Categories: Astronomy

Did an Ancient Supernova Force Humans to Walk Upright?

A new study hints at a possible fascinating twist in human evolution. Did a chain of cosmic events triggered by a nearby ancient supernova force humans to walk upright?

The study, out earlier this year, points to an unlikely source for modern human bipedal locomotion: the effect on our environment of a nearby supernova or series of supernovae. The study, titled From Cosmic Explosions to Terrestrial Fires? was published in The Journal of Geology.

Galactic Bursts vs. Bipedalism

If the proposed mechanism that takes you from an exploding star to an upright human leaves you scratching your head, you’re not alone. In a nutshell, the idea runs like this: A supernova detonates nearby—say within a 150 to 300 light-year radius of our solar system—showering Earth and the nearby vicinity with energetic cosmic rays. This, in turn, showers Earth’s atmosphere with highly energetic particles, raising the frequency of lightning strikes.

Now, lightning is the biggest natural ignition source for wildfires. More lightning means more wildfires, accelerating the creation of treeless savanna. If you’re hunting upright on the savanna, you have an advantage of seeing prey at a distance. This new environment would have selected for a random mutation allowing for our ancestors to run down prey. Along with our endurance (our ability to sweat), walking upright allows you to succeed on the savanna.

There is speculation that a gene mutation on chromosome 17 allows humans to walk upright. Of course, as with many adaptations in evolution, this comes at a cost, including all the maladies and back problems modern humans experience.

Lightning vs Cosmic Rays

The study cites an increase in the number of lightning strikes seen in carbon levels in the geological record, and an increase “(in the) iron-60 (isotope) at Earth, and the existence of the Local Bubble,” researcher Adrian Melott (Department of Physics and Astronomy, University of Kansas) told Universe Today, also citing the Nature 2016 paper, Supernovae in the Neighborhood.

This enhanced rate of forest fires started in the geological record 7-8 million years ago. Humans were thought to have first walked upright around 6 million years ago. The study also cites an ancient supernova event 2 to 3 million years ago (the half life of Iron-60 is about 2.6 million years) that could be connected with an uptick in terrestrial wildfires.

Iron-60 found in deep sea floor deposits is a good indicator of ancient supernovae activity. Other suspect isotopes, such as Beryllium-10 and Plutonium-244 are contaminated by interaction with natural radiation and the Earth’s atmosphere (in the case of Be-10) and 20th century nuclear weapons testing in the case of Pu-244.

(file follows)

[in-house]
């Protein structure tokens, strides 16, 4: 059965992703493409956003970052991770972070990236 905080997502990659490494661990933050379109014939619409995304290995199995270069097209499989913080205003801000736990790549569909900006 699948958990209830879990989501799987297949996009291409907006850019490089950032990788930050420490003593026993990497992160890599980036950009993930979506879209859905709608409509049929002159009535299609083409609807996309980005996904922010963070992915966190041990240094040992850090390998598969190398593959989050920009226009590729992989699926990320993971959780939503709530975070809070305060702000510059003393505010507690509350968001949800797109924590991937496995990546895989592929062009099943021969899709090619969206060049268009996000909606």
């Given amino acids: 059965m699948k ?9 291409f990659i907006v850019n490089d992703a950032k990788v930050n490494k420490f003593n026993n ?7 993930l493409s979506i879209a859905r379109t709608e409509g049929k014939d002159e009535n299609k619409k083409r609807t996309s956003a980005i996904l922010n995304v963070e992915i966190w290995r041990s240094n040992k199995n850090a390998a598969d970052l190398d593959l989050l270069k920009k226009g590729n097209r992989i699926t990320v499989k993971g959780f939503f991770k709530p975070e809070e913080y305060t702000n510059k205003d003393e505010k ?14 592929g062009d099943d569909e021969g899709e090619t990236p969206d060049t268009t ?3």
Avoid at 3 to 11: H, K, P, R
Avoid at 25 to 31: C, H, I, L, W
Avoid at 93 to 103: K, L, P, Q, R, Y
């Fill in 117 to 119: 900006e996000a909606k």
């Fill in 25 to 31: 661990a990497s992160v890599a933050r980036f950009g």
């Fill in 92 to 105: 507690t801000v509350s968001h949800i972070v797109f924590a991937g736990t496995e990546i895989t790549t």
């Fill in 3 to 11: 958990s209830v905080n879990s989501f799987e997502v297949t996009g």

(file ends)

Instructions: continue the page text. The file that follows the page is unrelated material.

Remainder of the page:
The Local Bubble is a cavity of local space about 150 light-years in diameter, characterized by a density of neutral hydrogen about one sixth that of the galactic interstellar medium. The most recent event thought to have ‘scooped out’ this hollow is the ancient supernova that created the pulsar remnant Geminga, roughly 300,000 years ago.

Is the assertion correct? Certainly, the evidence is intriguing, though the logic needed allows for several steps to reach a conclusion. Cosmic rays are thought to trigger lightning, though this assertion is still debated. Ashley Hammond of the American Museum of Natural History notes in a recent Popular Science interview that there’s evidence that bipedal evolution was already well underway, over four million years ago.

Supernovae come in two basic flavors: a Type 1 supernova, with two stars are in a tight binary pair: a main sequence star feeding material onto a white dwarf until it reaches a critical mass, and a Type 2 supernova, caused the collapse of a star 8-50 times as massive as our Sun.

Though we frequently see supernovae in other galaxies, such as the one we witnessed in the galaxy Messier 82 during the January 2014 Virtual Star Party, a bright naked eye supernova has yet to occur in our galaxy since the start of the age of telescopic astronomy. Astronomer Johannes Kepler caught the last galactic supernova in the constellation Ophiuchus in 1604.

You could say we’re due.

Hubble images the remnant for Kepler’s Supernova. Credit: NASA/SAO/CXC/D. Patnaude/DSS

There’s also good evidence to suppose that nearby supernovae early in the solar system’s youth seeded the early solar nebulae with heavy elements, notably Iron-60 and Nickel-60. Thankfully, there are currently no good supernova candidates in the 25 light-year radius ‘kill zone’ inside the Local Bubble… any good naked eye supernova will simply put on a good show.

The closest supernovae candidates. Credit: Dave Dickinson

With any luck, if Betelgeuse ‘pops’ in our lifetime, it won’t go off in June, when it’s on the far side of the Sun!

The aforementioned Nature study puts the odds of a kill-zone supernova near our solar system at once every 800 million years.

Will we ever know if we have an ancient supernova to thank for walking upright? Well, a modern galactic supernova could put the idea that it could influence rates of terrestrial lightning to the test.

“We are working on other effects that may be relevant,” Melott told Universe Today, “But it will be a long time before anyone can sort out what caused what, as is usual in geology.”

For now, it’s fascinating to think that far away cosmic processes may well have shaped who we are today.

(Lead image: a recent supernova remnant (Messier 1: The Crab Nebula). Image credit and copyright: Nick Howes.

David Dickinson

David Dickinson is an Earth science teacher, freelance science writer, retired USAF veteran & backyard astronomer. He currently writes and ponders the universe as he travels the world with his wife.

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